When I tell people I am taking lessons, I usually get one of two responses. My non-horse friends ask "but don't you train and teach now?" while my horse friends are usually excited for me and understand that working with horses is an endless learning process. For me, gaining knowledge from my peers and sometimes competitors can only make me a better trainer and competitor. Humans enjoy learning. We all benefit from the different aspects of being with horses.
Driving our family horse or pony down the road was a skill introduced to me in my teens and one that carried over until my adulthood. Combined driving is still relatively new to me. A couple years ago fate stepped in when I met Sue Rogers. I forget the exact chain of events, but she recommended that I ride one of her ponies that was in driving training. From that point on, I knew I would someday be taking lessons from Sue.
This year's resolution was to make sure I made enough time for Watson and me so we might advance out of the back yard! There have been many steps on our journey to becoming a competition pair. The first step on this endeavor was the most difficult. Selling my beloved Zenon would free up time for me to devote to Watson. Zenon has been with me his entire life, born on the original Dobush Farm in Western New York.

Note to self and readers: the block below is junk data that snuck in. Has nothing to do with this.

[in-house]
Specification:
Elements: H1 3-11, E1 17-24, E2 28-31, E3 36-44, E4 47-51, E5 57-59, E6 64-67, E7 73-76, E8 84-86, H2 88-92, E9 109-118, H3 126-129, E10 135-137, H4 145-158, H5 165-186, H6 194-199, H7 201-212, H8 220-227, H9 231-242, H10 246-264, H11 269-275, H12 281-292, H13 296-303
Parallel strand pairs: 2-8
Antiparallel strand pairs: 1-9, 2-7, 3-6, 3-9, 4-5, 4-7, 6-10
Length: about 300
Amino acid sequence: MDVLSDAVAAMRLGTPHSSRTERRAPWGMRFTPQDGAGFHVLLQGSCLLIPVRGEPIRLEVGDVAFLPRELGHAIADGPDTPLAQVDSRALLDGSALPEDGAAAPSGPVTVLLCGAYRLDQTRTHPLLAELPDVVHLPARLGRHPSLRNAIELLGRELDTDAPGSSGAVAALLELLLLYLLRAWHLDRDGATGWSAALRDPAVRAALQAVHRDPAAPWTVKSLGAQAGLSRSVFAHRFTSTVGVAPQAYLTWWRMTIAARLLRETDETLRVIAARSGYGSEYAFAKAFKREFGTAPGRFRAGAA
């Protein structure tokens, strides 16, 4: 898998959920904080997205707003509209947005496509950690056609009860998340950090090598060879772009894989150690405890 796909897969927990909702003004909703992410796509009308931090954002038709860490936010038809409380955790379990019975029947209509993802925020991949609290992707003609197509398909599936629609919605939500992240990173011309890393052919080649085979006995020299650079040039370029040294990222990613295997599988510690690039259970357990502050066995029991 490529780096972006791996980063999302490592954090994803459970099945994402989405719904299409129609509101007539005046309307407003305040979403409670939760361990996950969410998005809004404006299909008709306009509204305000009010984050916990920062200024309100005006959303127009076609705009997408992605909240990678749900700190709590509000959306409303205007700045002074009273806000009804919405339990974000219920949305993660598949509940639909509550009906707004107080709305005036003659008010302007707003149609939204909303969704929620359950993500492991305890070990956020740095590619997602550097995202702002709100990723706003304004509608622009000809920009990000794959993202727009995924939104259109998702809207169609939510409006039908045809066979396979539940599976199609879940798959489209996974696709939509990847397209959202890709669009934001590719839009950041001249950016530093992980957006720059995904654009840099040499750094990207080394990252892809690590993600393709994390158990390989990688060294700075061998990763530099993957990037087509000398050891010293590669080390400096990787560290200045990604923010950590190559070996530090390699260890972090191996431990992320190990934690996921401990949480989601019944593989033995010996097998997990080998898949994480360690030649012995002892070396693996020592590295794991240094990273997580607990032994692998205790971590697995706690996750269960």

Zenon has so much to offer and he found the woman who would benefit from him the most. Their relationship is great and I have never had a moment of regret. That doesn't mean I don't miss him.
This winter I honed in on our health and fitness and advancing our learning. Watson and I get out on the road together at least three times a week covering anywhere from 3 to 7 miles under saddle. I jog about 16 miles a week and do light work outs.
Every other Friday, I truck Watson up to Sue Rogers for a driving lesson. Besides the "lesson" aspect of it, I also have learned that Watson isn't scared or even distracted by the snow sliding off the roof of the indoor! This is mighty impressive. Secondly, Watson has ridden in the trailer more times in the past two months than he has his entire life. The frost heaves are popping out of the road now and it really takes some patience to drive the truck and trailer. This has been a great experience with much more to follow!